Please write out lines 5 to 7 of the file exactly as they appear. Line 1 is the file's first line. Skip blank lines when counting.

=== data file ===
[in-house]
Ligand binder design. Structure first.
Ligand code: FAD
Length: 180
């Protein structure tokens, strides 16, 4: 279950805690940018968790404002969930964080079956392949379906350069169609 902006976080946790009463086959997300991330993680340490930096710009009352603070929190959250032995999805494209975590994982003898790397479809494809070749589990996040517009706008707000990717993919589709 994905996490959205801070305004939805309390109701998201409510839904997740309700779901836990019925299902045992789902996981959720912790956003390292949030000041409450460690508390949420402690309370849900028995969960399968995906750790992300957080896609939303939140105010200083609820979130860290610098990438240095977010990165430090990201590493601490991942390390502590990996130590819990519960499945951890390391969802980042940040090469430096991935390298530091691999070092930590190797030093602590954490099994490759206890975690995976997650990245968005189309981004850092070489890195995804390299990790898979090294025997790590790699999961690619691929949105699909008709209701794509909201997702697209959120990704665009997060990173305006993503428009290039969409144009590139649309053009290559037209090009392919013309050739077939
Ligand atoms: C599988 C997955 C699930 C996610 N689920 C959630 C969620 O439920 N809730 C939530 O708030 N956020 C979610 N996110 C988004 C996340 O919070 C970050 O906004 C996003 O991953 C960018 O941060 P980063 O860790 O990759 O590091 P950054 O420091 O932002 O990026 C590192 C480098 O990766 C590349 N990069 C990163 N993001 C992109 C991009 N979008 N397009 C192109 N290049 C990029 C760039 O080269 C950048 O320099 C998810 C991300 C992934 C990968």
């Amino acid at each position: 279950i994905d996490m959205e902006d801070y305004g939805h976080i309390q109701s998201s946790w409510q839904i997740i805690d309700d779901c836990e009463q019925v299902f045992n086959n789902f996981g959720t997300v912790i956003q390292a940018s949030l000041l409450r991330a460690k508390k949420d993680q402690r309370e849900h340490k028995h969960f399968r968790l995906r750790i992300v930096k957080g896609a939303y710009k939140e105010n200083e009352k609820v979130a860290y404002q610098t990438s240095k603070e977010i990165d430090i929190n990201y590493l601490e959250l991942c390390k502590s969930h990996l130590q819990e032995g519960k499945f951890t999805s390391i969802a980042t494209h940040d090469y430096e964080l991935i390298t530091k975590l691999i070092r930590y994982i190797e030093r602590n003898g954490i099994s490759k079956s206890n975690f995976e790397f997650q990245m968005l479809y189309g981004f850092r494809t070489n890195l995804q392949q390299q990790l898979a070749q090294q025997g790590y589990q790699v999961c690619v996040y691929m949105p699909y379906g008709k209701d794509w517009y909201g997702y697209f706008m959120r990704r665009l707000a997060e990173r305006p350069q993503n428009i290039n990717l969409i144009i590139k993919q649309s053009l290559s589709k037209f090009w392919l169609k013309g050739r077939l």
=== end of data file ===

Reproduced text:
């Protein structure tokens, strides 16, 4: 279950805690940018968790404002969930964080079956392949379906350069169609 902006976080946790009463086959997300991330993680340490930096710009009352603070929190959250032995999805494209975590994982003898790397479809494809070749589990996040517009706008707000990717993919589709 994905996490959205801070305004939805309390109701998201409510839904997740309700779901836990019925299902045992789902996981959720912790956003390292949030000041409450460690508390949420402690309370849900028995969960399968995906750790992300957080896609939303939140105010200083609820979130860290610098990438240095977010990165430090990201590493601490991942390390502590990996130590819990519960499945951890390391969802980042940040090469430096991935390298530091691999070092930590190797030093602590954490099994490759206890975690995976997650990245968005189309981004850092070489890195995804390299990790898979090294025997790590790699999961690619691929949105699909008709209701794509909201997702697209959120990704665009997060990173305006993503428009290039969409144009590139649309053009290559037209090009392919013309050739077939
Ligand atoms: C599988 C997955 C699930 C996610 N689920 C959630 C969620 O439920 N809730 C939530 O708030 N956020 C979610 N996110 C988004 C996340 O919070 C970050 O906004 C996003 O991953 C960018 O941060 P980063 O860790 O990759 O590091 P950054 O420091 O932002 O990026 C590192 C480098 O990766 C590349 N990069 C990163 N993001 C992109 C991009 N979008 N397009 C192109 N290049 C990029 C760039 O080269 C950048 O320099 C998810 C991300 C992934 C990968």
């Amino acid at each position: 279950i994905d996490m959205e902006d801070y305004g939805h976080i309390q109701s998201s946790w409510q839904i997740i805690d309700d779901c836990e009463q019925v299902f045992n086959n789902f996981g959720t997300v912790i956003q390292a940018s949030l000041l409450r991330a460690k508390k949420d993680q402690r309370e849900h340490k028995h969960f399968r968790l995906r750790i992300v930096k957080g896609a939303y710009k939140e105010n200083e009352k609820v979130a860290y404002q610098t990438s240095k603070e977010i990165d430090i929190n990201y590493l601490e959250l991942c390390k502590s969930h990996l130590q819990e032995g519960k499945f951890t999805s390391i969802a980042t494209h940040d090469y430096e964080l991935i390298t530091k975590l691999i070092r930590y994982i190797e030093r602590n003898g954490i099994s490759k079956s206890n975690f995976e790397f997650q990245m968005l479809y189309g981004f850092r494809t070489n890195l995804q392949q390299q990790l898979a070749q090294q025997g790590y589990q790699v999961c690619v996040y691929m949105p699909y379906g008709k209701d794509w517009y909201g997702y697209f706008m959120r990704r665009l707000a997060e990173r305006p350069q993503n428009i290039n990717l969409i144009i590139k993919q649309s053009l290559s589709k037209f090009w392919l169609k013309g050739r077939l």